classical question was: “Is this still happening in Turkey in 2012?” And
my answer was: “No, that’s not what’s happening in Turkey in 2012. It’s
what’s happening in the whole world in 2012! Maybe in your country, men
don’t get married with 13-year-old girls, but they go to Thailand and
do the same thing!” And everyone was applauding.
Do you expect different reactions in the Istanbul Film Festival? Is winning an award also a reaction for your?
Making films is really hard especially if you are a part of the class
which makes movies by selling whatever they have. But I have a weakness;
I don’t have a concern about the competition, about winning an award.
This film will meet with people. I don’t think there will be anything
more exciting than feeling how the audience breathe when they see the
film. Will they give the reaction I wanted at times I want them to have a
tightness in the chest? After all these, it is enjoying to see that the
film is appreciated. I also want to add something: The film will be
released after the festival. If those who see Recep İvedik and
Fetih/Conquest will see Night of Silence and confuse the women
and men with common sense in this country, this will be the greatest
award for me. If this society can say “we watch that, but we watch this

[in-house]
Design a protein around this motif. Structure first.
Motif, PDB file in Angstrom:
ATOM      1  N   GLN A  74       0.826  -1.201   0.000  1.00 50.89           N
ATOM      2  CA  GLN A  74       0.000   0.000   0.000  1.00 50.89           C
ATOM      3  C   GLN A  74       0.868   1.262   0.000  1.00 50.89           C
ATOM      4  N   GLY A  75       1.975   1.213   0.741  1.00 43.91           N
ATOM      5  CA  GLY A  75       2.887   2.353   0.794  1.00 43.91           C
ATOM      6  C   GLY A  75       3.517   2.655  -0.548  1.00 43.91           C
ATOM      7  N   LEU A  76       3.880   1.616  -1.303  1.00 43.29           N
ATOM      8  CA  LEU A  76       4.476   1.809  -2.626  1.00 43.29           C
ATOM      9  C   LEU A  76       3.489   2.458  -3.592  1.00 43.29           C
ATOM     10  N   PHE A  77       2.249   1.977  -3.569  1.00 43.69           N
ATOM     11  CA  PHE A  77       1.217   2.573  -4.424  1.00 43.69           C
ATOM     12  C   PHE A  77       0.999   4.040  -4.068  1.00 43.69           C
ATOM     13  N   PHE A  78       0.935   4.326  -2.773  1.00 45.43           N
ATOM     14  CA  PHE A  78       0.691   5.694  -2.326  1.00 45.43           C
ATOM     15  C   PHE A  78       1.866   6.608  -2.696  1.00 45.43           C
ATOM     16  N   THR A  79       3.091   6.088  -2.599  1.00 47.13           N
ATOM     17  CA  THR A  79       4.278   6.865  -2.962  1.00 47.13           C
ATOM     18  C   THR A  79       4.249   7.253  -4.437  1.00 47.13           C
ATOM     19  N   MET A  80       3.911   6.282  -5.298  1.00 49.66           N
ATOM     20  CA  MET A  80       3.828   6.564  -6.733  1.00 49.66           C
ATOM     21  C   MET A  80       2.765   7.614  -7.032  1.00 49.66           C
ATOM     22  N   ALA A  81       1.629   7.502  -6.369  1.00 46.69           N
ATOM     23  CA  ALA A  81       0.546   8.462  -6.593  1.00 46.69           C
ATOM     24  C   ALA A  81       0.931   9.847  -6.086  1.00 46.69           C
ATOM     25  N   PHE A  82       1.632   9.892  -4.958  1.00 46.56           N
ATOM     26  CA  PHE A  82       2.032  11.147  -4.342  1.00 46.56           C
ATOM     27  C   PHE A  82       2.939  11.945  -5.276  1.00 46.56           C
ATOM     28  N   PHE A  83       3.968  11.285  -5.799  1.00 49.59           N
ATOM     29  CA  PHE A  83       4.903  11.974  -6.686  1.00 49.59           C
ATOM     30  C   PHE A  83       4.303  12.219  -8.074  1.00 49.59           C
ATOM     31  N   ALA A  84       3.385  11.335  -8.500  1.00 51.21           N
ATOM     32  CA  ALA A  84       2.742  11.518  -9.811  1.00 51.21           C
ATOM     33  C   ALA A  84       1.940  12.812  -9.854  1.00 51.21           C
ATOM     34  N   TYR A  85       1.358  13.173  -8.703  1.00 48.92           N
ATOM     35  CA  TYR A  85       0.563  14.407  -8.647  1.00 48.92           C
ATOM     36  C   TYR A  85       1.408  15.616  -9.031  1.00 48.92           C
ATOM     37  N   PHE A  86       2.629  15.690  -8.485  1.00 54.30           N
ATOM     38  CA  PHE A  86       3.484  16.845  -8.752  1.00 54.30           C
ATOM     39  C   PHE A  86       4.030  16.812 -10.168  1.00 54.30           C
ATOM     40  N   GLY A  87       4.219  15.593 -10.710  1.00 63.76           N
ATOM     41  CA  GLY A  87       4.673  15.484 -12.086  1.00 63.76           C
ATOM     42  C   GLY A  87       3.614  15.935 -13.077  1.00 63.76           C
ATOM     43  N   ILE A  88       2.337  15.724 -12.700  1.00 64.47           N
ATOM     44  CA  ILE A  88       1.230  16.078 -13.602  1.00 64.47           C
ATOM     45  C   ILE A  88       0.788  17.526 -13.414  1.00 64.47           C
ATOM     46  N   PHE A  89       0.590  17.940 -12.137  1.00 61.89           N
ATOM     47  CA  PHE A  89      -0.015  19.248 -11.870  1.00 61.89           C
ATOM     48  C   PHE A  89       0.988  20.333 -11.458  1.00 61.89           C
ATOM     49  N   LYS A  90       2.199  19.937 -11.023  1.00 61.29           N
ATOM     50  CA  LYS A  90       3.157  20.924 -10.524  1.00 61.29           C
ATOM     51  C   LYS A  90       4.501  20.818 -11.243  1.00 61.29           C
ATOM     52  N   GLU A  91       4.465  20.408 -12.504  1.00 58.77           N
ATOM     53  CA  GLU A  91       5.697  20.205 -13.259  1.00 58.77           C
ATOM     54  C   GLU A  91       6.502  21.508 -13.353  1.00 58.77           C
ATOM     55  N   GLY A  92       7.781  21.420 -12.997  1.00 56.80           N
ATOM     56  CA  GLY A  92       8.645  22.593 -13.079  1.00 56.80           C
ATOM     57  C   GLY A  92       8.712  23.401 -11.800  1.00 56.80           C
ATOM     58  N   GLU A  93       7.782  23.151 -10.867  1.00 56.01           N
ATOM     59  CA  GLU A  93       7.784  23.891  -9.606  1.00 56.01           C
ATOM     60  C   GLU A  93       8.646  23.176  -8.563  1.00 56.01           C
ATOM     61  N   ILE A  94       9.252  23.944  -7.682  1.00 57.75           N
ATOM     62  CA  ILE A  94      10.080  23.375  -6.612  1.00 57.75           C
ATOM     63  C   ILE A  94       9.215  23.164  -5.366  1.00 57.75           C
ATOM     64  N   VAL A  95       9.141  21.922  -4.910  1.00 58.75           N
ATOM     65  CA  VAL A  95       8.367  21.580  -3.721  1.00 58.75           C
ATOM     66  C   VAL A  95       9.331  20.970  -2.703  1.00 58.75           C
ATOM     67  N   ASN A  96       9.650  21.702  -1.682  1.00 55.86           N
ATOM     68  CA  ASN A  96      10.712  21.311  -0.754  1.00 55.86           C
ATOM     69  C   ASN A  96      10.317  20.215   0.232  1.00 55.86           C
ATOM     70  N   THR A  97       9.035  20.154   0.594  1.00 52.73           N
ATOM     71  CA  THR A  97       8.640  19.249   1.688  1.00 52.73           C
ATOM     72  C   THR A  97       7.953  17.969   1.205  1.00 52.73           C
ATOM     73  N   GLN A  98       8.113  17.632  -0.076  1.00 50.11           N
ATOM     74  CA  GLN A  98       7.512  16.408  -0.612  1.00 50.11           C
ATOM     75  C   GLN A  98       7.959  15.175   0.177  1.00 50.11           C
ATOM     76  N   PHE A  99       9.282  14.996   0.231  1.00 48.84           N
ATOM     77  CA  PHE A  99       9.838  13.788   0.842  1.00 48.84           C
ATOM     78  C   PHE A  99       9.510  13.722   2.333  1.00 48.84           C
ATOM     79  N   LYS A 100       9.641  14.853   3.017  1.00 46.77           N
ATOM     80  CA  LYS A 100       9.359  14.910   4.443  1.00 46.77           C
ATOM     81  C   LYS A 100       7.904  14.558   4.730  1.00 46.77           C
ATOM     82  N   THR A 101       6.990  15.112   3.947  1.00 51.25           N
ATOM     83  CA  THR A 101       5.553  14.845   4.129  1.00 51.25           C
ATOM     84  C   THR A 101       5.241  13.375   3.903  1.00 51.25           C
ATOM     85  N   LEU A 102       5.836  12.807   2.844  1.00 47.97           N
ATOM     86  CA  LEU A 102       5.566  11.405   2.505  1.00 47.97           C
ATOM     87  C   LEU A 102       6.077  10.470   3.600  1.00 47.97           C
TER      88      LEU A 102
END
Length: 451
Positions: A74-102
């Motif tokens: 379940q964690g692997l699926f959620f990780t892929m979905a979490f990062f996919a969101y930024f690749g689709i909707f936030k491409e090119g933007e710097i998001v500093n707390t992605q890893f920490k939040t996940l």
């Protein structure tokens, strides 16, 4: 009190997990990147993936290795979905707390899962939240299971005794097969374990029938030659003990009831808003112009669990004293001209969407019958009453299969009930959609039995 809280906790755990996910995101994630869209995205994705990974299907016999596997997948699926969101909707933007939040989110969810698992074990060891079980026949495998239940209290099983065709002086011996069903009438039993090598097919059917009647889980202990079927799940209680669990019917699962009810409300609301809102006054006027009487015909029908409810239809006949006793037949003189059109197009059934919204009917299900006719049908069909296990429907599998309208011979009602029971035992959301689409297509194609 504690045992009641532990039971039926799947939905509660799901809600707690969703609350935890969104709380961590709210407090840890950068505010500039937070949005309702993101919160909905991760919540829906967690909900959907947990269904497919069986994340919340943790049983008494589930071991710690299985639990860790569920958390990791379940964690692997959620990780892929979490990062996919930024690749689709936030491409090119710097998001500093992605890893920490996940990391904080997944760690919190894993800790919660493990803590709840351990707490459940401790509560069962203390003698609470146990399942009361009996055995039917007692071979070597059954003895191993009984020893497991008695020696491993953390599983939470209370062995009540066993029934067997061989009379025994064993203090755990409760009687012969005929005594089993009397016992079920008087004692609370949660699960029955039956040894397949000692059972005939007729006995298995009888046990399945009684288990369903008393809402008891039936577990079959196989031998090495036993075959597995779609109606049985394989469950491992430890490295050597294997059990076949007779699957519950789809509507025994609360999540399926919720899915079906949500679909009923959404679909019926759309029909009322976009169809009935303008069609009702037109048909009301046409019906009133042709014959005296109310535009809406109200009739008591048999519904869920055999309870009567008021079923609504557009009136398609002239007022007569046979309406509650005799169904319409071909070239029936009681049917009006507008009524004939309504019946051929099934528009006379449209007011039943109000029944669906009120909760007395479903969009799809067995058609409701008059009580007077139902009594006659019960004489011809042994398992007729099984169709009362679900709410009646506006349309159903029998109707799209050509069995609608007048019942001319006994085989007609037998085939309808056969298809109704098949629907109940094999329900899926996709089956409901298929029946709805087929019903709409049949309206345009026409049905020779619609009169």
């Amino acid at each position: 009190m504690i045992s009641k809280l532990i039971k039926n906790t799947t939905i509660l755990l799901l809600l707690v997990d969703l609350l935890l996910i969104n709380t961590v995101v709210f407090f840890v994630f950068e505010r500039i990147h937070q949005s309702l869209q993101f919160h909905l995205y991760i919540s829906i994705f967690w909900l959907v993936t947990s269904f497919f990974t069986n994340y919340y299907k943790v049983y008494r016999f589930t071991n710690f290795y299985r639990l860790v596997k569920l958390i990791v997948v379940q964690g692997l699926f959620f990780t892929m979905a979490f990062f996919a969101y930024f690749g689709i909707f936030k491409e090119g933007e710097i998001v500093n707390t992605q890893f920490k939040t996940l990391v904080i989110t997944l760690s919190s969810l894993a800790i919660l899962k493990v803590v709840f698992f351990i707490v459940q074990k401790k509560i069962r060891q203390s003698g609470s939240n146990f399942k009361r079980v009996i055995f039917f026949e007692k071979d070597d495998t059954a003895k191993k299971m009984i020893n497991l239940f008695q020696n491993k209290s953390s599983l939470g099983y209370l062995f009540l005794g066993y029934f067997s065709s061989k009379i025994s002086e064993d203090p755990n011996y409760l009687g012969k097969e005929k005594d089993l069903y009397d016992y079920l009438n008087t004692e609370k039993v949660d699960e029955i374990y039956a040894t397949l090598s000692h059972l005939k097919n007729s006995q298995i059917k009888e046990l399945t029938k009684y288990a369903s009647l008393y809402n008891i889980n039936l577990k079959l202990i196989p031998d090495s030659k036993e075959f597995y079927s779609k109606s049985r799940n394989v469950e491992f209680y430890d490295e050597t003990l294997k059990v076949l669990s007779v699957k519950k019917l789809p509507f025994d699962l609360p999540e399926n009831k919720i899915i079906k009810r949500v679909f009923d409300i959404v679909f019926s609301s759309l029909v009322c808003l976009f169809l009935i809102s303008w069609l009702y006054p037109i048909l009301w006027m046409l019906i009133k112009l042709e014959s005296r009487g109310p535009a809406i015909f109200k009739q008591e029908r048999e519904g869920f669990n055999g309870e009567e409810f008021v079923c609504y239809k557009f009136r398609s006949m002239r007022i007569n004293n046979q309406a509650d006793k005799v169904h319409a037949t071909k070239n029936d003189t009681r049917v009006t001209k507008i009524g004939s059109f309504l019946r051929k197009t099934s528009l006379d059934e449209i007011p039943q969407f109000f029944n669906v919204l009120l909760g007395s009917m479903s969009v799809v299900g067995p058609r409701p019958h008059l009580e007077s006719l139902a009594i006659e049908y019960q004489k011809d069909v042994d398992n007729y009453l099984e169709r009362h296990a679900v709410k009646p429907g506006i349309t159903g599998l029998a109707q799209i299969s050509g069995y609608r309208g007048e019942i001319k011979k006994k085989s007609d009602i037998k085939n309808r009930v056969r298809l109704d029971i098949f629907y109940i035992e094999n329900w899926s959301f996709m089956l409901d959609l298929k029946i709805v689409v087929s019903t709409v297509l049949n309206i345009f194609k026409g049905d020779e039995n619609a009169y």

also!”, if the audience can start the discussion with itself, I think
that will be the turning point for Turkey.

- So what was the turning point for your cinema? Do you realise the difference in yourself from your first film to today?
In my first film, I stood out and cried: “Stop! We are killing each
other!” As an artist, I felt the need to cry out. In the second film, my
aim was to tell something after I got heard. I did not yell, but I
talked. I talked about the lies and Deniz Gezmiş. In my third film, İnat Hikayeleri,
I realized that what I was telling was listened to. Then I started to
talk about myself. After my third film, it was my time as a semiskilled
cinema worker and I expressed myself more delicately. I started the way
through the tradition of telling tales and expressed my story in detail.
I have many more stories to tell. We have many issues to talk about and
discuss in this country. When I was young, I saw the lights in Ardahan
and thought it was legendary and unreachable. Then I looked at Istanbul
from Ardahan, at Turkey from Istanbul. I realized that we have only one
world, this is the only place where we share together. We have to talk
everything to the rest of the world. Our exhaust fumes don’t just poison
Istanbul. The world started to realise that there is no difference
between the cry of a woman from Afghanistan and Germany.

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About Istanbul Film Festival

The most comprehensive and oldest international film festival in Turkey. Established in 1982, it screens more than 200 films of various genres, and has an extensive Turkish features showcase. The Golden Tulip Grand Prize of the Festival has a monetary award attached.